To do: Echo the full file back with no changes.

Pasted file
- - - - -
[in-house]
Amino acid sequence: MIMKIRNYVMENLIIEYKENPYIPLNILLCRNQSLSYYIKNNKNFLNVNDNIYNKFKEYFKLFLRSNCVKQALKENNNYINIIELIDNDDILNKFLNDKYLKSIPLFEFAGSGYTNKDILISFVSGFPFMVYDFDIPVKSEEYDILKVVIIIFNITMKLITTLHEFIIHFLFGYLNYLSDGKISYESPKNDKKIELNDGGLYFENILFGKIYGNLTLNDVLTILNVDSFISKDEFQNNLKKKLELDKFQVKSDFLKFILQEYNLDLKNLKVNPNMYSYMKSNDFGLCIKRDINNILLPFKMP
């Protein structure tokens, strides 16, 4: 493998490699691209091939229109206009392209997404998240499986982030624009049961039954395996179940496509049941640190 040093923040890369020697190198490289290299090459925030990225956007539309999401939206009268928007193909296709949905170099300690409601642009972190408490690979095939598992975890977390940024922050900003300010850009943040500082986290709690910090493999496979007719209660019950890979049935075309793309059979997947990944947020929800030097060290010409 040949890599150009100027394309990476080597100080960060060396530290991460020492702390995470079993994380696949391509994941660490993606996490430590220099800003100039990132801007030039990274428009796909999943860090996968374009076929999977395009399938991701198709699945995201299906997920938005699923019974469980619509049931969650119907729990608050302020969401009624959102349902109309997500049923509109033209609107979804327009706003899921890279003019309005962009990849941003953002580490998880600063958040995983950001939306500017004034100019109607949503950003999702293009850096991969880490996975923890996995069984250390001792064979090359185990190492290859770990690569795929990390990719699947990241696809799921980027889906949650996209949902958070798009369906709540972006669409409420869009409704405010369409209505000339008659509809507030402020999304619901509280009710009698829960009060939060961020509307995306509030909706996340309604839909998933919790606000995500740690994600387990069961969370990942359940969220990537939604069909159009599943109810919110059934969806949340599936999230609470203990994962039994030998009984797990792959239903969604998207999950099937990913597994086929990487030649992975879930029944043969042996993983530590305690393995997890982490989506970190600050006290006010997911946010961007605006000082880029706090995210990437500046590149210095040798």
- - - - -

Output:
[in-house]
Amino acid sequence: MIMKIRNYVMENLIIEYKENPYIPLNILLCRNQSLSYYIKNNKNFLNVNDNIYNKFKEYFKLFLRSNCVKQALKENNNYINIIELIDNDDILNKFLNDKYLKSIPLFEFAGSGYTNKDILISFVSGFPFMVYDFDIPVKSEEYDILKVVIIIFNITMKLITTLHEFIIHFLFGYLNYLSDGKISYESPKNDKKIELNDGGLYFENILFGKIYGNLTLNDVLTILNVDSFISKDEFQNNLKKKLELDKFQVKSDFLKFILQEYNLDLKNLKVNPNMYSYMKSNDFGLCIKRDINNILLPFKMP
């Protein structure tokens, strides 16, 4: 493998490699691209091939229109206009392209997404998240499986982030624009049961039954395996179940496509049941640190 040093923040890369020697190198490289290299090459925030990225956007539309999401939206009268928007193909296709949905170099300690409601642009972190408490690979095939598992975890977390940024922050900003300010850009943040500082986290709690910090493999496979007719209660019950890979049935075309793309059979997947990944947020929800030097060290010409 040949890599150009100027394309990476080597100080960060060396530290991460020492702390995470079993994380696949391509994941660490993606996490430590220099800003100039990132801007030039990274428009796909999943860090996968374009076929999977395009399938991701198709699945995201299906997920938005699923019974469980619509049931969650119907729990608050302020969401009624959102349902109309997500049923509109033209609107979804327009706003899921890279003019309005962009990849941003953002580490998880600063958040995983950001939306500017004034100019109607949503950003999702293009850096991969880490996975923890996995069984250390001792064979090359185990190492290859770990690569795929990390990719699947990241696809799921980027889906949650996209949902958070798009369906709540972006669409409420869009409704405010369409209505000339008659509809507030402020999304619901509280009710009698829960009060939060961020509307995306509030909706996340309604839909998933919790606000995500740690994600387990069961969370990942359940969220990537939604069909159009599943109810919110059934969806949340599936999230609470203990994962039994030998009984797990792959239903969604998207999950099937990913597994086929990487030649992975879930029944043969042996993983530590305690393995997890982490989506970190600050006290006010997911946010961007605006000082880029706090995210990437500046590149210095040798």